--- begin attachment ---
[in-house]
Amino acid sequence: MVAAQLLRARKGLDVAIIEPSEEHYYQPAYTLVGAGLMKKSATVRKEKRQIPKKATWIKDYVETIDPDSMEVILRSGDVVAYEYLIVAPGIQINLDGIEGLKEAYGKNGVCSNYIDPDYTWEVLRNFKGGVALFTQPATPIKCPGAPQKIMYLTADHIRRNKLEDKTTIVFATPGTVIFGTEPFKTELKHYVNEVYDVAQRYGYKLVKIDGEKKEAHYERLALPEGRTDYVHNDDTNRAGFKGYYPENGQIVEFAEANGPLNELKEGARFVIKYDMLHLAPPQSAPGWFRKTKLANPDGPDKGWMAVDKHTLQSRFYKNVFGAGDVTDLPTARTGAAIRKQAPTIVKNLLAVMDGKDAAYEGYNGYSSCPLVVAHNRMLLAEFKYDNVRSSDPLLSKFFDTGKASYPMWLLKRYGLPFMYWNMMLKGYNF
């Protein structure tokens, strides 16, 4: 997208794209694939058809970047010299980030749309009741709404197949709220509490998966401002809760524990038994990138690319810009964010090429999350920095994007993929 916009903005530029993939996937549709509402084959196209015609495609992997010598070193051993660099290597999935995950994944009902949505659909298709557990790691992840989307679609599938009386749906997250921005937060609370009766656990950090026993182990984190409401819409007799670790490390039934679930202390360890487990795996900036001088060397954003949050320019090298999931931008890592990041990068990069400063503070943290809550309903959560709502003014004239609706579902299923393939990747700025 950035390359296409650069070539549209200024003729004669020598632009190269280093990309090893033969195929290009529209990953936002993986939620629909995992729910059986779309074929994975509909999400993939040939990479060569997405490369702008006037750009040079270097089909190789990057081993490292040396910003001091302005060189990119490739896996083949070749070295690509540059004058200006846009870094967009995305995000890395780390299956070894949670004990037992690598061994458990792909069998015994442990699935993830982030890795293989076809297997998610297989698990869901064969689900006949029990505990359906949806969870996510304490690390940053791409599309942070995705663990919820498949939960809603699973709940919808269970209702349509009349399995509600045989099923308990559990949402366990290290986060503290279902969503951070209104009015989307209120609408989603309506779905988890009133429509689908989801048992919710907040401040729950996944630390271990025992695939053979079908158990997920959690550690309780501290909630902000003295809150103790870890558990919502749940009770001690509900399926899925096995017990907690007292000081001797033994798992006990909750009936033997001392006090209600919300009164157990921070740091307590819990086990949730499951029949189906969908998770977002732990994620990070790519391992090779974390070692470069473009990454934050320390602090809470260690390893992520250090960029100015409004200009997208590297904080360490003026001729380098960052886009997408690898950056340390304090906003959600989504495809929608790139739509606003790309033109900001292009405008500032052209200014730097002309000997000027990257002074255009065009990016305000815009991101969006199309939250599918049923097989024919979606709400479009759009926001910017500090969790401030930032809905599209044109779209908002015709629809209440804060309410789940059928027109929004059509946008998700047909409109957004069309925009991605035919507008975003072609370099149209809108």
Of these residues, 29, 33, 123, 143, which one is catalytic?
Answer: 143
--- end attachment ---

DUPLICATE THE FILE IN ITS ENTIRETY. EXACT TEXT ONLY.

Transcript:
[in-house]
Amino acid sequence: MVAAQLLRARKGLDVAIIEPSEEHYYQPAYTLVGAGLMKKSATVRKEKRQIPKKATWIKDYVETIDPDSMEVILRSGDVVAYEYLIVAPGIQINLDGIEGLKEAYGKNGVCSNYIDPDYTWEVLRNFKGGVALFTQPATPIKCPGAPQKIMYLTADHIRRNKLEDKTTIVFATPGTVIFGTEPFKTELKHYVNEVYDVAQRYGYKLVKIDGEKKEAHYERLALPEGRTDYVHNDDTNRAGFKGYYPENGQIVEFAEANGPLNELKEGARFVIKYDMLHLAPPQSAPGWFRKTKLANPDGPDKGWMAVDKHTLQSRFYKNVFGAGDVTDLPTARTGAAIRKQAPTIVKNLLAVMDGKDAAYEGYNGYSSCPLVVAHNRMLLAEFKYDNVRSSDPLLSKFFDTGKASYPMWLLKRYGLPFMYWNMMLKGYNF
């Protein structure tokens, strides 16, 4: 997208794209694939058809970047010299980030749309009741709404197949709220509490998966401002809760524990038994990138690319810009964010090429999350920095994007993929 916009903005530029993939996937549709509402084959196209015609495609992997010598070193051993660099290597999935995950994944009902949505659909298709557990790691992840989307679609599938009386749906997250921005937060609370009766656990950090026993182990984190409401819409007799670790490390039934679930202390360890487990795996900036001088060397954003949050320019090298999931931008890592990041990068990069400063503070943290809550309903959560709502003014004239609706579902299923393939990747700025 950035390359296409650069070539549209200024003729004669020598632009190269280093990309090893033969195929290009529209990953936002993986939620629909995992729910059986779309074929994975509909999400993939040939990479060569997405490369702008006037750009040079270097089909190789990057081993490292040396910003001091302005060189990119490739896996083949070749070295690509540059004058200006846009870094967009995305995000890395780390299956070894949670004990037992690598061994458990792909069998015994442990699935993830982030890795293989076809297997998610297989698990869901064969689900006949029990505990359906949806969870996510304490690390940053791409599309942070995705663990919820498949939960809603699973709940919808269970209702349509009349399995509600045989099923308990559990949402366990290290986060503290279902969503951070209104009015989307209120609408989603309506779905988890009133429509689908989801048992919710907040401040729950996944630390271990025992695939053979079908158990997920959690550690309780501290909630902000003295809150103790870890558990919502749940009770001690509900399926899925096995017990907690007292000081001797033994798992006990909750009936033997001392006090209600919300009164157990921070740091307590819990086990949730499951029949189906969908998770977002732990994620990070790519391992090779974390070692470069473009990454934050320390602090809470260690390893992520250090960029100015409004200009997208590297904080360490003026001729380098960052886009997408690898950056340390304090906003959600989504495809929608790139739509606003790309033109900001292009405008500032052209200014730097002309000997000027990257002074255009065009990016305000815009991101969006199309939250599918049923097989024919979606709400479009759009926001910017500090969790401030930032809905599209044109779209908002015709629809209440804060309410789940059928027109929004059509946008998700047909409109957004069309925009991605035919507008975003072609370099149209809108």
Of these residues, 29, 33, 123, 143, which one is catalytic?
Answer: 143